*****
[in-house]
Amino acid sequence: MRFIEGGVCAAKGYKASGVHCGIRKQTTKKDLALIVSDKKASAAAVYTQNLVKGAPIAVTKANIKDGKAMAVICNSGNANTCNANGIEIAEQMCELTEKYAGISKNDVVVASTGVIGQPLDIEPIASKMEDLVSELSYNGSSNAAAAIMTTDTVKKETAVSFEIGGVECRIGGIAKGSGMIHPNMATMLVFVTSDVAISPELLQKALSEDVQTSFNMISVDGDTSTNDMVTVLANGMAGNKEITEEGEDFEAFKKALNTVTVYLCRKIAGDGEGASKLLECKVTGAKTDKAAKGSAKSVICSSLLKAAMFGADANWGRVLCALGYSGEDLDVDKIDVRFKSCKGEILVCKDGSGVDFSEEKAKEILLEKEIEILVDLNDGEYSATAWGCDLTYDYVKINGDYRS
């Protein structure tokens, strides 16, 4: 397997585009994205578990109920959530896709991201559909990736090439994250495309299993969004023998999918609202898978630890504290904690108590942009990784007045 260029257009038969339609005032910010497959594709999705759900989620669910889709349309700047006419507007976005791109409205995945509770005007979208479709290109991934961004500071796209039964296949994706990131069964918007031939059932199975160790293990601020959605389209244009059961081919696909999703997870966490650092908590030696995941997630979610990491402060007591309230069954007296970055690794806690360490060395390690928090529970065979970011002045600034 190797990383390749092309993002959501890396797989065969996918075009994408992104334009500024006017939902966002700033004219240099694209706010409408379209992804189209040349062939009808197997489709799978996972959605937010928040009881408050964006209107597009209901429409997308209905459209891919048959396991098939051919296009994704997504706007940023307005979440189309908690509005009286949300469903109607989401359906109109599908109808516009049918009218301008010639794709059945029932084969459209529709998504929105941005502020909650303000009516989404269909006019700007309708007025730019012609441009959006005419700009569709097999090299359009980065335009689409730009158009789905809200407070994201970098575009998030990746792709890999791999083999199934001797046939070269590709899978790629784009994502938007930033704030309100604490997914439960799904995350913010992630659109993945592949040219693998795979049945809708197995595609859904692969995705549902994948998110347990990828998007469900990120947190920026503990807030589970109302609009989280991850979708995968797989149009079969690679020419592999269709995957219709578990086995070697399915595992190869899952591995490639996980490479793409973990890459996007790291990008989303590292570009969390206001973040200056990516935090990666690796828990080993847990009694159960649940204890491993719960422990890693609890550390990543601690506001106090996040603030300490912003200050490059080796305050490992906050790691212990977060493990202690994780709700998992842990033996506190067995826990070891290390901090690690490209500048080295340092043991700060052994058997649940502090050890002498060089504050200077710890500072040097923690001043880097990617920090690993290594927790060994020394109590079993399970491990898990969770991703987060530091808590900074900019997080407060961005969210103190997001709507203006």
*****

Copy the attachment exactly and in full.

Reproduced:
[in-house]
Amino acid sequence: MRFIEGGVCAAKGYKASGVHCGIRKQTTKKDLALIVSDKKASAAAVYTQNLVKGAPIAVTKANIKDGKAMAVICNSGNANTCNANGIEIAEQMCELTEKYAGISKNDVVVASTGVIGQPLDIEPIASKMEDLVSELSYNGSSNAAAAIMTTDTVKKETAVSFEIGGVECRIGGIAKGSGMIHPNMATMLVFVTSDVAISPELLQKALSEDVQTSFNMISVDGDTSTNDMVTVLANGMAGNKEITEEGEDFEAFKKALNTVTVYLCRKIAGDGEGASKLLECKVTGAKTDKAAKGSAKSVICSSLLKAAMFGADANWGRVLCALGYSGEDLDVDKIDVRFKSCKGEILVCKDGSGVDFSEEKAKEILLEKEIEILVDLNDGEYSATAWGCDLTYDYVKINGDYRS
């Protein structure tokens, strides 16, 4: 397997585009994205578990109920959530896709991201559909990736090439994250495309299993969004023998999918609202898978630890504290904690108590942009990784007045 260029257009038969339609005032910010497959594709999705759900989620669910889709349309700047006419507007976005791109409205995945509770005007979208479709290109991934961004500071796209039964296949994706990131069964918007031939059932199975160790293990601020959605389209244009059961081919696909999703997870966490650092908590030696995941997630979610990491402060007591309230069954007296970055690794806690360490060395390690928090529970065979970011002045600034 190797990383390749092309993002959501890396797989065969996918075009994408992104334009500024006017939902966002700033004219240099694209706010409408379209992804189209040349062939009808197997489709799978996972959605937010928040009881408050964006209107597009209901429409997308209905459209891919048959396991098939051919296009994704997504706007940023307005979440189309908690509005009286949300469903109607989401359906109109599908109808516009049918009218301008010639794709059945029932084969459209529709998504929105941005502020909650303000009516989404269909006019700007309708007025730019012609441009959006005419700009569709097999090299359009980065335009689409730009158009789905809200407070994201970098575009998030990746792709890999791999083999199934001797046939070269590709899978790629784009994502938007930033704030309100604490997914439960799904995350913010992630659109993945592949040219693998795979049945809708197995595609859904692969995705549902994948998110347990990828998007469900990120947190920026503990807030589970109302609009989280991850979708995968797989149009079969690679020419592999269709995957219709578990086995070697399915595992190869899952591995490639996980490479793409973990890459996007790291990008989303590292570009969390206001973040200056990516935090990666690796828990080993847990009694159960649940204890491993719960422990890693609890550390990543601690506001106090996040603030300490912003200050490059080796305050490992906050790691212990977060493990202690994780709700998992842990033996506190067995826990070891290390901090690690490209500048080295340092043991700060052994058997649940502090050890002498060089504050200077710890500072040097923690001043880097990617920090690993290594927790060994020394109590079993399970491990898990969770991703987060530091808590900074900019997080407060961005969210103190997001709507203006």